I think I’ve mentioned before that I belong to a book club. Last month at our get-together, the selected book was “The White Masai” by Corine Hofmann. It’s the auto-biographical tale of a woman who travels to Kenya, falls in love at first sight with a Masai warrior, and turns her entire life upside-down to move there and marry him. I think I got six or seven chapters into it before I couldn’t read anymore. There were a few reasons I couldn’t get into this book.
One, I don’t really enjoy reading autobiographies or non-fiction at all, really. Two, I have a really hard time believing in the whole ‘love at first sight’ thing. I’ve heard people tell me that sort of thing has happened to them before and sometimes, it works out. That’s great! I just think those stories are the exception to the rule. Three, this woman was supposedly a smart, self-assured business owner on an adventurous vacation. And she gives it all up, throws it away, for a man she doesn’t know, someone she can’t even speak to because they don’t speak a common language, and someone who ultimately turns out to be the exact opposite of what she’d wanted in a husband.
Needless to say, it led to some very interesting discussion at our book club gathering. Some of the ladies in the group thought the strangest part was moving to another country to be with someone. Granted, we’re talking a difference not only of simple geography but an entire culture and way of living. It’s a little different than, say, a woman in London meeting and falling in love with a man in New York. Sure, it’s two countries, but at least the way of life is similar enough that it wouldn’t be such a shock for one or the other to move.
Like I said before, the thing I had the hardest time with was the love at first sight. I can completely understand someone meeting someone from a different country/city/continent and getting to know them, then falling in love and deciding to make those decisions after that. It’s not all that uncommon. In today’s digital and internet age, more and more people are meeting on-line, all over the world. Yes, more often than not, people restrict themselves to mingling with those in their own city.
In my usual, roundabout way, I wanted to ask just what someone might be willing to do for love, or for the love of their life. Would the average person uproot their life in order to move across the country or to a new continent to be with them? Would you?
Sometimes the biggest gesture or sacrifice you make for your partner doesn’t have to be moving to be with them. If you’re lucky, that’s not a decision you have to make. There are other difficult things to decide though. If your partner is allergic to animal fur, would you give up any hope of adopting that puppy you’d been eyeing? If you wanted to fly to Tahiti for a vacation, but your partner was deathly afraid of airplanes, would you plan a road trip across the country instead? If you wanted to see the latest romantic comedy this weekend, but your partner had their heart set on the latest superhero movie, what would you do?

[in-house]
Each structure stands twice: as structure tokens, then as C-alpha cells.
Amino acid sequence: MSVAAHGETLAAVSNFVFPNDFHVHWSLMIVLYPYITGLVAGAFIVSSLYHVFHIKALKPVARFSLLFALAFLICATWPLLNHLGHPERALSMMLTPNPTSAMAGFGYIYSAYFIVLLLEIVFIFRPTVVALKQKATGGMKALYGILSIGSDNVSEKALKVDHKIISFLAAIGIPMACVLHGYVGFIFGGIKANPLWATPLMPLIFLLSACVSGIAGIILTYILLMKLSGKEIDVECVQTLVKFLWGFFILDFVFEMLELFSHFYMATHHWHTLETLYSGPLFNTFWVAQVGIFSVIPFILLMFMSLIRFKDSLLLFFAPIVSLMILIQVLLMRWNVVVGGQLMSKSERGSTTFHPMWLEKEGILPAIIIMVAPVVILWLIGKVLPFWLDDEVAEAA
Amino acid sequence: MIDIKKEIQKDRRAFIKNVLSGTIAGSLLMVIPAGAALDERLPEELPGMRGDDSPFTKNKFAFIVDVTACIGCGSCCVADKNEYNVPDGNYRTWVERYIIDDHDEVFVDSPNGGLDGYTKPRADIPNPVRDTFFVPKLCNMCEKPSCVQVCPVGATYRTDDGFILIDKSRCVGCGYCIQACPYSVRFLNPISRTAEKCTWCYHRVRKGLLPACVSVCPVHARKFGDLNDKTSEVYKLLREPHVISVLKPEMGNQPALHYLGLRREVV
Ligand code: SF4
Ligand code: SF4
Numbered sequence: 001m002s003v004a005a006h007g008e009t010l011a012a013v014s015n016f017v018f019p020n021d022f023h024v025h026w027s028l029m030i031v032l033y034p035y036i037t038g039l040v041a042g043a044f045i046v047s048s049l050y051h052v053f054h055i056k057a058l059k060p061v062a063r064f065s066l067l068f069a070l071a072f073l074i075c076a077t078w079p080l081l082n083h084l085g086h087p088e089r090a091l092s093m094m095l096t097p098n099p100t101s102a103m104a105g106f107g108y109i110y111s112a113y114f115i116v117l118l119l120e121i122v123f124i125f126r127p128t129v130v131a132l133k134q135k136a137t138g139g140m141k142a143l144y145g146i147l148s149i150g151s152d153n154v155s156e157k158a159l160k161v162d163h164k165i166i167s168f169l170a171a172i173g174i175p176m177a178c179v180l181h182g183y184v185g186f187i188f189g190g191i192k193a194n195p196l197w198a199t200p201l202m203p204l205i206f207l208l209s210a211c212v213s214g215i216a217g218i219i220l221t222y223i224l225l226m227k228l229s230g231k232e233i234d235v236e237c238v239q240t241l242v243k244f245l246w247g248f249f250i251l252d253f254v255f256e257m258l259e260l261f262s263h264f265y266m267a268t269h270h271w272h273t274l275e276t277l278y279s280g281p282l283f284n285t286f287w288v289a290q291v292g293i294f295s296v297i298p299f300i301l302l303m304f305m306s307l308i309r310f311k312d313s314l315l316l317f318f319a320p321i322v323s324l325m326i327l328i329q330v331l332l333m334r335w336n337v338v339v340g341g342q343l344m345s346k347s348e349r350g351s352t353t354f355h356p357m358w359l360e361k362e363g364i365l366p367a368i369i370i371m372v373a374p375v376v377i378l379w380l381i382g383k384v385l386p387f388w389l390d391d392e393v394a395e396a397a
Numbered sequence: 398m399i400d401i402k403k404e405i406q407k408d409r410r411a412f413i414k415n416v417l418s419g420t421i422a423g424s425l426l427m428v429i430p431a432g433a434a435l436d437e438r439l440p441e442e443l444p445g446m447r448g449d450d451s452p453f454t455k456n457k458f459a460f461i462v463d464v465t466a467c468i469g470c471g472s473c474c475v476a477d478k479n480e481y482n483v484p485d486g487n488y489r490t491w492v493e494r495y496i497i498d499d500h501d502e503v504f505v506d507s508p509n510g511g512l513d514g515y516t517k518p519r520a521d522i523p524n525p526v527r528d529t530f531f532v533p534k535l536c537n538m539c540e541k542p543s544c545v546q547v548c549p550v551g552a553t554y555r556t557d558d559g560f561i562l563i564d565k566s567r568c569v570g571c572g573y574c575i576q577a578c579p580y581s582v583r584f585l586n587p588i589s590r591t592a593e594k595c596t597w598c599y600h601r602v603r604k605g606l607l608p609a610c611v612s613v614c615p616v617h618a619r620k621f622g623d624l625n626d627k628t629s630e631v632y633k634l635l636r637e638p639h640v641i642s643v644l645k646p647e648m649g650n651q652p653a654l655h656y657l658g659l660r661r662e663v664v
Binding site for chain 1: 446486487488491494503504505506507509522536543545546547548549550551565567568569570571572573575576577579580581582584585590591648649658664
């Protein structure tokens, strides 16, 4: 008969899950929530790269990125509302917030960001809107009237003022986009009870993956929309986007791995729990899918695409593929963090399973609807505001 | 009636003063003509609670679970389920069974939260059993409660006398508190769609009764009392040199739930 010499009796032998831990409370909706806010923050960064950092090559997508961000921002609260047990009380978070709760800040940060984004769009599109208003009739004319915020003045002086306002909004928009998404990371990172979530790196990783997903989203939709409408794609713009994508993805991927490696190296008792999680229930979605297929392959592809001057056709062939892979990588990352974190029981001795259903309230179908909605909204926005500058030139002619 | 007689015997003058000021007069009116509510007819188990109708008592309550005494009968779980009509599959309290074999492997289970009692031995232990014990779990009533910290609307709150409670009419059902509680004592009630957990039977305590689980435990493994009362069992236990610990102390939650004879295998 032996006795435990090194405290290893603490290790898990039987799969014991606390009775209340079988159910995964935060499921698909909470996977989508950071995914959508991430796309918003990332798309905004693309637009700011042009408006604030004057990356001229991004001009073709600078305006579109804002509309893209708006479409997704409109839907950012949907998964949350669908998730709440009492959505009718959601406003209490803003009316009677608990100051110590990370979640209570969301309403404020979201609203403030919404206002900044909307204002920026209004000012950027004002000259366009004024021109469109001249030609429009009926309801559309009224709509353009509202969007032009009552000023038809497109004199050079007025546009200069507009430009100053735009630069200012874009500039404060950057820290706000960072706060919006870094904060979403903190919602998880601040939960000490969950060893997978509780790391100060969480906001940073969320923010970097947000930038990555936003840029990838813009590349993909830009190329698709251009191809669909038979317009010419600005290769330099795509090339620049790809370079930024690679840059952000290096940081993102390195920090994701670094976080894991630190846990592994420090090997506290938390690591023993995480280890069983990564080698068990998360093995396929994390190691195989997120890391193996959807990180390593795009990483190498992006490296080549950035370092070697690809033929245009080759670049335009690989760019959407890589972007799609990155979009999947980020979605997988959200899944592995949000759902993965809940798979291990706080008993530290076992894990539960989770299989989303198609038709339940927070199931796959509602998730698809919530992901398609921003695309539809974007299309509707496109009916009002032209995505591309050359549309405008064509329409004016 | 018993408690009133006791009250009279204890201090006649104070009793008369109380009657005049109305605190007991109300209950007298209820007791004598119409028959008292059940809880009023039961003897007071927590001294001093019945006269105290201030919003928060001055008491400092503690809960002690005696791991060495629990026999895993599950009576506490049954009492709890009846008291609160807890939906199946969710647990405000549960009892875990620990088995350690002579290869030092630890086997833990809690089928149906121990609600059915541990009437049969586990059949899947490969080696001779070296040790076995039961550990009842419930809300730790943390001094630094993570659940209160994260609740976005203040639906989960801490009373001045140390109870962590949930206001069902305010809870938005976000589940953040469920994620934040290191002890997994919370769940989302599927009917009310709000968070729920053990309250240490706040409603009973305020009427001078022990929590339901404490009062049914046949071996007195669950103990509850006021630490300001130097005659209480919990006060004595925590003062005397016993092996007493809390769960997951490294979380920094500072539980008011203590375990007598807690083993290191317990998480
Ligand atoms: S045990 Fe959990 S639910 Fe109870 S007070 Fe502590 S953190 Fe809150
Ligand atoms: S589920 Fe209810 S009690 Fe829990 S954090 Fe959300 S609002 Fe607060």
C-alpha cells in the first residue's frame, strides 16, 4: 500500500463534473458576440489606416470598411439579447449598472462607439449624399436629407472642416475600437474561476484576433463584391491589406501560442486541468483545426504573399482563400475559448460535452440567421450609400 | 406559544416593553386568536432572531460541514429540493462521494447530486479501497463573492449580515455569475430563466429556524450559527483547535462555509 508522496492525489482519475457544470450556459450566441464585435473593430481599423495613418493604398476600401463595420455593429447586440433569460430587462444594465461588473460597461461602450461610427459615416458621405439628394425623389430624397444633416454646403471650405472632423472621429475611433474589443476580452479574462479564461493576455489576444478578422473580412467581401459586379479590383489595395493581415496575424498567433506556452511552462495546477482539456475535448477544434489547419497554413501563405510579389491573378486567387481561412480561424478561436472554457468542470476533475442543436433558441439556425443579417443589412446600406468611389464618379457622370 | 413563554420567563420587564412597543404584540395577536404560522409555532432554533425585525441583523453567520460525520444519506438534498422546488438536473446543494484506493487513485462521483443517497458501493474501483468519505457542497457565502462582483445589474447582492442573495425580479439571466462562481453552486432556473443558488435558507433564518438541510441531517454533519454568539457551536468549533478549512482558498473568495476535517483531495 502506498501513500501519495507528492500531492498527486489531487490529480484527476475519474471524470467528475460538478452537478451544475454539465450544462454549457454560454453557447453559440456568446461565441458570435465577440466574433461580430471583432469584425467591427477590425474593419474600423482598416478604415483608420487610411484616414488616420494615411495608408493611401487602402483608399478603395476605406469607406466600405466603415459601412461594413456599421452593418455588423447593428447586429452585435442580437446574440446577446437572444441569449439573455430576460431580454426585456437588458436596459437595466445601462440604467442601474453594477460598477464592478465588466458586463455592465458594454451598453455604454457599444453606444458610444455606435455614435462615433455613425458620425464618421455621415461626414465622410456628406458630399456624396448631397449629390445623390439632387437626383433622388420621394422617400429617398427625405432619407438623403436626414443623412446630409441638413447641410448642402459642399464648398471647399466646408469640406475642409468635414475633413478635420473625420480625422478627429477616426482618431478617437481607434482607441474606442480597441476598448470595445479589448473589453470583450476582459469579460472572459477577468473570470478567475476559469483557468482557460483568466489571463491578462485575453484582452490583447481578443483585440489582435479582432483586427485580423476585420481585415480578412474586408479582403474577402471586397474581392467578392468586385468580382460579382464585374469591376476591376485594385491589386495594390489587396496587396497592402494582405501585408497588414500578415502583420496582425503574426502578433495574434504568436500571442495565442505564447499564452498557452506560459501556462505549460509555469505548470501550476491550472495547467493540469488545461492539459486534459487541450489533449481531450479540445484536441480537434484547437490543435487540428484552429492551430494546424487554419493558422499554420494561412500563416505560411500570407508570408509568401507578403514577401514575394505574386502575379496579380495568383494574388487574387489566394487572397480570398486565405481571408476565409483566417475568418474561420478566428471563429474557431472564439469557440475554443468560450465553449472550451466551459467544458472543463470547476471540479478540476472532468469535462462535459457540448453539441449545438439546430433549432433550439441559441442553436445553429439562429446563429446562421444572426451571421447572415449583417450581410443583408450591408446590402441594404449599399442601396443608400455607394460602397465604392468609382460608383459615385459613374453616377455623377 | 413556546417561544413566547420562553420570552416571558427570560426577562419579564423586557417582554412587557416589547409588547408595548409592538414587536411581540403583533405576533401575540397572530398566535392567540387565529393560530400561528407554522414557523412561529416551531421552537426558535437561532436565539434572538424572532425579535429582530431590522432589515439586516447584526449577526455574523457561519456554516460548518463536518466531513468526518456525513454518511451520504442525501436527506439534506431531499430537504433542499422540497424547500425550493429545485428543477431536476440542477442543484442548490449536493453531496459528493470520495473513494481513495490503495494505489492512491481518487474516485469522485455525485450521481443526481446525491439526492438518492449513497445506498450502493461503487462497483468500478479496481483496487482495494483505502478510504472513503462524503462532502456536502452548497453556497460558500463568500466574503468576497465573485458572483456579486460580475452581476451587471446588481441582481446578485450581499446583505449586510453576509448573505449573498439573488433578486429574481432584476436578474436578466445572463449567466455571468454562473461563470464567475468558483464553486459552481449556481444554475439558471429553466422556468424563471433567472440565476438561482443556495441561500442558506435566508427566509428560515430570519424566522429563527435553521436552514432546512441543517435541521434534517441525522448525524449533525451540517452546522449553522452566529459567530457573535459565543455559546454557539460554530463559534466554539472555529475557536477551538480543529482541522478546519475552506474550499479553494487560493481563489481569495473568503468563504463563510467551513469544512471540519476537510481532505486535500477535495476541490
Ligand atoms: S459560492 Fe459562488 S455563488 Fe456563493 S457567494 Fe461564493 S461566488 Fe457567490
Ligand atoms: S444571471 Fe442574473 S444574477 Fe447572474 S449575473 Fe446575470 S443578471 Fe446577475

All right, so not every decision is a big one. I think you get my meaning though. What exactly are you willing to give up or do for the one you love? It starts with small things like deciding what to do each weekend. As you grow closer and fall deeper in love, your decisions change to include things like furniture and mortgages, then children and retirement plans. Somewhere in there, really difficult choices have to be made about careers and school and sometimes where to live, as I’ve mentioned above.
I wonder about this in relation to my writing, of course. I always wonder how these situations could be written into a story and how plausible I can make them. In the world of my “Ice” stories, I think the sacrifices are obvious. A woman would have to be willing to give up seeing her partner every day or having him there for every important occasion. That does mean the man in those relationships is giving up the same thing. I think it would be hard to sustain a relationship like that and I applaud those that can make it work in the real world.
That’s not to say people who aren’t hockey players – or dating hockey players – don’t have to face similar choices. What about the man or woman who chooses a career that requires settling in a remote location? As their partner, would you pack up and move with them, giving up the conveniences of a big city, if that’s what you’d always been used to?
I’ve had to make difficult decisions in my relationships, and I’ve had my heart broken by someone else making those decisions as well. That doesn’t mean I wouldn’t be willing to face these tough choices again someday. Isn’t that what we all want anyway? In the end, don’t you want to have to make those sacrifices? Don’t you want to know you’d be making your partner happy because you decided to see the new superhero movie? 🙂
So…in the end, what would you do for love? Or maybe the question should be, what wouldn’t you do for love?